Meanwhile, AAF is moving forward with plans to build downtown rail stations in Miami, Fort Lauderdale and West Palm Beach. Gov. Rick Scott also has pledged more than $200 million in state funds for the construction of another train station facility in Orlando.

AAF says its passenger service will be a boon for tourism, increase jobs, reduce road congestion and pollution and boost state and local tax revenues. But its plans have hit resistance from public officials along its route who want to know more about what’s happening.

Indian River County Commissioner Bob Solari is leading pushback in the Treasure Coast, where he says “our community is now solidly against this project.” He said he’ll continue his efforts at least until AAF and its sister and parent companies become more transparent about themselves and their plans.

“My greatest fear is that as bad as we think this project is, it will destroy our communities,” said Solari, of Vero Beach.  “Many people and I think that All Aboard Florida [and its family of companies] wants to get federal loans to build more tracks for their freight trains.”

On April 8, the Indian River County Commission unanimously passed a resolution indicating it was misled by AAF officials who “touted” proposed passenger rail service as “using solely private resources.” The resolution asked state and federal agencies to forgo low interest loans for AAF, “as such support would put the risk of the passenger rail service on the backs of the taxpayer,” and also to require the company to pay all projected costs, including the installation of quite zones and corridor improvements.

Indian River County Commissioner Bob Solari Photo: Mark Schumann/InsideVero

Indian River County Commissioner Bob Solari
Photo: Mark Schumann/InsideVero

Sebastian County later passed an identical resolution, as did the town of Indian River Shores. Port St. Lucie and Martin County will consider the matter soon, Solari said.

On April 18, the Treasure Coast Regional Planning Council, of which Solari is a member, asked the U.S. Department of Transportation to double the public comment period from 45 to 90 days after it releases its Environmental Impact Statement on the project. A favorable impact statement would open the door for federal loans to AAF.

Elected officials in South Florida have largely been either silent about the rail project or, like Fort Lauderdale Mayor Jack Seiler, supportive of it.

Broward Commissioner Lois Wexler said the Treasure Coast’s complaints are likely rooted in frustration that All Aboard Florida has no plans to stop there.

“My sense is that they seem to want to have stops up there, and if they can’t have stops it becomes how can I obstruct,” said Wexler. “But the whole idea of All Aboard Florida is to get as quickly as possible to the population hubs in Orlando and South Florida.”


U.S. Representatives Lois Frankel and Patrick Murphy are Democrats who represent portions of South and Central Florida where the trains will run. Responding to complaints from constituents, they met with U.S. Transportation Secretary Anthony Foxx on April 7 to ask him to consider how the rail project will impact the quality of life for residents, as well as its effect on safety and the economy.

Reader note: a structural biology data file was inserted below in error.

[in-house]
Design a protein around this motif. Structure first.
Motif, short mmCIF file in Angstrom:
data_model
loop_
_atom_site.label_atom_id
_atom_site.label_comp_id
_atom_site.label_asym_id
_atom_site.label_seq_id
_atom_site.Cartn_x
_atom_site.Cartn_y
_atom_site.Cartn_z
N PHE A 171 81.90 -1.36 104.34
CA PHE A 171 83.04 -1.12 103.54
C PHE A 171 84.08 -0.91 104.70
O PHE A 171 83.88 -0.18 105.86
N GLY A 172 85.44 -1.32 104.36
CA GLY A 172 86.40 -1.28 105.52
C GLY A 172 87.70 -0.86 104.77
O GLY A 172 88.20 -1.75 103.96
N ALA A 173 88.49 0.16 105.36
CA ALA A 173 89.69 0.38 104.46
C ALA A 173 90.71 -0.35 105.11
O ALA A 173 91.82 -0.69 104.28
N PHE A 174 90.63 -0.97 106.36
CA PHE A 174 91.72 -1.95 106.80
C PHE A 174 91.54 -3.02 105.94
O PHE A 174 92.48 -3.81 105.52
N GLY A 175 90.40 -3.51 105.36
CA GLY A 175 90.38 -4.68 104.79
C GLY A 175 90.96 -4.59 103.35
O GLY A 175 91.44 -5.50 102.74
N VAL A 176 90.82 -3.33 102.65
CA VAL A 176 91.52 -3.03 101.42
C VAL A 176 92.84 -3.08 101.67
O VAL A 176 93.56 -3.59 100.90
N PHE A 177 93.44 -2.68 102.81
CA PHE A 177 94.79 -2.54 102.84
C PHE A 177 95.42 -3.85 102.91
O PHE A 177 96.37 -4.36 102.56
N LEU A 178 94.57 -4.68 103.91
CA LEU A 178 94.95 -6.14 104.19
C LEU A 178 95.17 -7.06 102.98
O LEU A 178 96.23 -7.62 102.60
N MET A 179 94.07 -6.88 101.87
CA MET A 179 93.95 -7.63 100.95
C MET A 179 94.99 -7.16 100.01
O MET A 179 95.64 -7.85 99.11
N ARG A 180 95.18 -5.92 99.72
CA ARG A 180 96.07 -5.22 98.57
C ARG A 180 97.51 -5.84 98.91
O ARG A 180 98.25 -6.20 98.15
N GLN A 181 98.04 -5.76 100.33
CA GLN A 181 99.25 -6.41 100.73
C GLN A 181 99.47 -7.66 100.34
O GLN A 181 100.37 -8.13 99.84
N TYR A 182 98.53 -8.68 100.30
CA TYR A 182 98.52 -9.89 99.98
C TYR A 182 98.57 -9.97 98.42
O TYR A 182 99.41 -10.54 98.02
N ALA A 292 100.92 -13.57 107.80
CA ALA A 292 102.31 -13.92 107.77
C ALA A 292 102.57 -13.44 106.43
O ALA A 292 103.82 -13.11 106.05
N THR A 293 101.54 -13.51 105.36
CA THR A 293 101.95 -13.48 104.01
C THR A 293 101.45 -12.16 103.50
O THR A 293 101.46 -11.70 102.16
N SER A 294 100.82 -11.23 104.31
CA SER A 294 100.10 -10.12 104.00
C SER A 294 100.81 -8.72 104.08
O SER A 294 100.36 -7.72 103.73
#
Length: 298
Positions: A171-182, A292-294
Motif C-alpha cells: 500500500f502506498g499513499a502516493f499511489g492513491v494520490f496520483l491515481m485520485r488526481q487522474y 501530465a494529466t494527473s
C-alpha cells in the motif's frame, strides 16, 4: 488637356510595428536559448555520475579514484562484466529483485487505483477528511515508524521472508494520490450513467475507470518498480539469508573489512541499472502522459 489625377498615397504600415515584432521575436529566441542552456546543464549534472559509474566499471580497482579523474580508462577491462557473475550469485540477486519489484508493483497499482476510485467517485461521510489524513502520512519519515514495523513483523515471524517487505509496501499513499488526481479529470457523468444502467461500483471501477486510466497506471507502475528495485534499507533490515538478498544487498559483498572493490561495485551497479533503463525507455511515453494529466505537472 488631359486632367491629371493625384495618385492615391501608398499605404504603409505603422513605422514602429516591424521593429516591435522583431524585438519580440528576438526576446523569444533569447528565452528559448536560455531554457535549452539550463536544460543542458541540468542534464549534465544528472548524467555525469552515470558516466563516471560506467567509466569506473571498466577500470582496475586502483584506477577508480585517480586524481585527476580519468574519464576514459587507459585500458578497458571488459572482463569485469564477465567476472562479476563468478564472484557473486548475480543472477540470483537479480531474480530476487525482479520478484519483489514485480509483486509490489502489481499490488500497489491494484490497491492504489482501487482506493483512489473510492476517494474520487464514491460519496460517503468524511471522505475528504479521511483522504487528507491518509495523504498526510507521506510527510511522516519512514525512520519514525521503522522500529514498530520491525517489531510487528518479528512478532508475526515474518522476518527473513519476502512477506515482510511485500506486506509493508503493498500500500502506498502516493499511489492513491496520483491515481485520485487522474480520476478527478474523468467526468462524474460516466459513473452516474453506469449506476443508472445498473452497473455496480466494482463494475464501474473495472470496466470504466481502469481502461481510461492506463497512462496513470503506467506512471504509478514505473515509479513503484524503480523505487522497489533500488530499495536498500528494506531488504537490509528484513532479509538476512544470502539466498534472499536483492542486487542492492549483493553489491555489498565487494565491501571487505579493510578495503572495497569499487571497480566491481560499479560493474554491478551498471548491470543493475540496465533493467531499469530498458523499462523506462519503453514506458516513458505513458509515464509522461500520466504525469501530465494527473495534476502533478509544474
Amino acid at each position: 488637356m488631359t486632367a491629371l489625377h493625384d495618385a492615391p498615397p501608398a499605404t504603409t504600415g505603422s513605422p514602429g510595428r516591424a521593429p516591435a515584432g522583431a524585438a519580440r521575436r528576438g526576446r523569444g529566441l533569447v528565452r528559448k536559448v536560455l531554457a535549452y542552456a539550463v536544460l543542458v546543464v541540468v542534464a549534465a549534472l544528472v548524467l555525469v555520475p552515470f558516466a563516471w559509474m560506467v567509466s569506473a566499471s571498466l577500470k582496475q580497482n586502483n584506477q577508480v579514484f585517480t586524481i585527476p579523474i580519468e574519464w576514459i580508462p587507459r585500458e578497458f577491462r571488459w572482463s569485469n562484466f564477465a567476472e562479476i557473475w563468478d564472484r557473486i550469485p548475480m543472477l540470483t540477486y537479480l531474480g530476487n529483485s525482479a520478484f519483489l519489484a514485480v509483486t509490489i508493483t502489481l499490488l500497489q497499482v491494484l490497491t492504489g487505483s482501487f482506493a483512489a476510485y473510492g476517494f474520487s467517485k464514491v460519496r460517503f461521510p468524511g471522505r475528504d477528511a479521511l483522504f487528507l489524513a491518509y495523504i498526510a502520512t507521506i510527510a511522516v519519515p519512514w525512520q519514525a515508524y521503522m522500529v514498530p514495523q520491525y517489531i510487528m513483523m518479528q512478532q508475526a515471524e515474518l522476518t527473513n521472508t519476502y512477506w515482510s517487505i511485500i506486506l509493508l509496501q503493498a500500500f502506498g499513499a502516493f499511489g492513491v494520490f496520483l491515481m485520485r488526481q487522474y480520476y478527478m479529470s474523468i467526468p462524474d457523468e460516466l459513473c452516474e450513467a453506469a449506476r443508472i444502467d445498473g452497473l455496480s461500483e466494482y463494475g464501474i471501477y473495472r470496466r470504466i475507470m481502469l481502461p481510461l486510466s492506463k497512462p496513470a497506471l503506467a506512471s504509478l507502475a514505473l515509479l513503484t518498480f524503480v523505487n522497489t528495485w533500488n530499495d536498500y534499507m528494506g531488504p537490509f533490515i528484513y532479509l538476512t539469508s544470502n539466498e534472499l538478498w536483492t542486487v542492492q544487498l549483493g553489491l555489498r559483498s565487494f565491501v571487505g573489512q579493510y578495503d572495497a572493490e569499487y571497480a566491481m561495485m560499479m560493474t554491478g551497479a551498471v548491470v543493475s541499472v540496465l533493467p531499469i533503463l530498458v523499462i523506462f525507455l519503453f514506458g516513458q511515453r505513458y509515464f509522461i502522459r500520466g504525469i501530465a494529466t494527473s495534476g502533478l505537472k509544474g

Murphy also wrote to Florida Gov. Scott in early April, citing his concerns, which include cost sharing for bridge upgrades to speed the raising and lowering of drawbridges, now that it was clear that state and federal money are involved. He urged a go-slow approach.

“If this project is to proceed it is critical that the State of Florida do everything in its power to guarantee that its citizens are unharmed,” Murphy wrote to Scott. “I know that if we come together on this, we can meaningfully preserve the safety and livelihood of our fellow Floridians.”

Murphy is scheduled to speak at an anti-AAF rally set for 10 a.m., Sunday, May 4, at the Flagler Park in Stuart.


Opponents are concerned by the lack of clarity about the various corporate interests involved in the rail project.

At the top of AAF’s corporate hierarchy is Fortress Investment Group, a hedge fund that purchased Florida East Coast Industries (FECI) for $3.5 billion in 2007. Florida East Coast Railway (FEC), an affiliate of FECI, operates freight trains throughout Florida. FEC is an independent company owned separately by Fortress, according to Florida Trend magazine.

FECI’s corporate tree “now includes 10 to 12 entities and nearly all are LLCs, from which company officials can simply walk away” without liability should serious problems develop, said Solari.

All Aboard Florida is not a single company. Rather, according to Dunn & Bradstreet, it is comprised of four Delaware based LLCs: AAF – Operation, AAF – Stations, AAF Northwest Sixth Street LLC, the site of Fort Lauderdale’s proposed downtown train station and AAF TOD (Transit Oriented Design), a development arm.